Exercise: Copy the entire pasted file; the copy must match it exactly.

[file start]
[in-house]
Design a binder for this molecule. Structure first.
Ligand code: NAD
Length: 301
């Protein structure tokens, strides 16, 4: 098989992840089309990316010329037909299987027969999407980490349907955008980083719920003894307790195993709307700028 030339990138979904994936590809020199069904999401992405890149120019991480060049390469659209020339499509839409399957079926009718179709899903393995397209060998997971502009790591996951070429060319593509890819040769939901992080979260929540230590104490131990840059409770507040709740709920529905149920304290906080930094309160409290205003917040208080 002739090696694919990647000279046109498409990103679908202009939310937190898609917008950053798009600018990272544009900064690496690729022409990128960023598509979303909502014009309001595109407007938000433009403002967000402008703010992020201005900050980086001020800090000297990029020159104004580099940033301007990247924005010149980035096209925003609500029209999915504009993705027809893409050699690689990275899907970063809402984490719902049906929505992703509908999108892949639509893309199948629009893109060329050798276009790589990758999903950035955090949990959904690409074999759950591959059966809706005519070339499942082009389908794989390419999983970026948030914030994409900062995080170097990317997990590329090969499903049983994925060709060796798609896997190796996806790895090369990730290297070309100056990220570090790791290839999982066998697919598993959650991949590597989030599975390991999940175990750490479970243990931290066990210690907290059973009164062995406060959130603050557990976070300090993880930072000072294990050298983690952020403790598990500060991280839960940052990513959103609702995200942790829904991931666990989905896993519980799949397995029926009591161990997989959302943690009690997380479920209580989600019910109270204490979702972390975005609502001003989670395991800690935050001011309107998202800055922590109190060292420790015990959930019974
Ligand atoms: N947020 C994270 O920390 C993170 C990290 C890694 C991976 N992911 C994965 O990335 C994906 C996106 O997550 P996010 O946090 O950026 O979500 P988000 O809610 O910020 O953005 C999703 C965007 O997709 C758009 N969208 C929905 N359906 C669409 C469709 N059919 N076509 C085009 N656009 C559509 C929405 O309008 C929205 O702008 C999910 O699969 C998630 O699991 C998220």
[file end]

[in-house]
Design a binder for this molecule. Structure first.
Ligand code: NAD
Length: 301
């Protein structure tokens, strides 16, 4: 098989992840089309990316010329037909299987027969999407980490349907955008980083719920003894307790195993709307700028 030339990138979904994936590809020199069904999401992405890149120019991480060049390469659209020339499509839409399957079926009718179709899903393995397209060998997971502009790591996951070429060319593509890819040769939901992080979260929540230590104490131990840059409770507040709740709920529905149920304290906080930094309160409290205003917040208080 002739090696694919990647000279046109498409990103679908202009939310937190898609917008950053798009600018990272544009900064690496690729022409990128960023598509979303909502014009309001595109407007938000433009403002967000402008703010992020201005900050980086001020800090000297990029020159104004580099940033301007990247924005010149980035096209925003609500029209999915504009993705027809893409050699690689990275899907970063809402984490719902049906929505992703509908999108892949639509893309199948629009893109060329050798276009790589990758999903950035955090949990959904690409074999759950591959059966809706005519070339499942082009389908794989390419999983970026948030914030994409900062995080170097990317997990590329090969499903049983994925060709060796798609896997190796996806790895090369990730290297070309100056990220570090790791290839999982066998697919598993959650991949590597989030599975390991999940175990750490479970243990931290066990210690907290059973009164062995406060959130603050557990976070300090993880930072000072294990050298983690952020403790598990500060991280839960940052990513959103609702995200942790829904991931666990989905896993519980799949397995029926009591161990997989959302943690009690997380479920209580989600019910109270204490979702972390975005609502001003989670395991800690935050001011309107998202800055922590109190060292420790015990959930019974
Ligand atoms: N947020 C994270 O920390 C993170 C990290 C890694 C991976 N992911 C994965 O990335 C994906 C996106 O997550 P996010 O946090 O950026 O979500 P988000 O809610 O910020 O953005 C999703 C965007 O997709 C758009 N969208 C929905 N359906 C669409 C469709 N059919 N076509 C085009 N656009 C559509 C929405 O309008 C929205 O702008 C999910 O699969 C998630 O699991 C998220």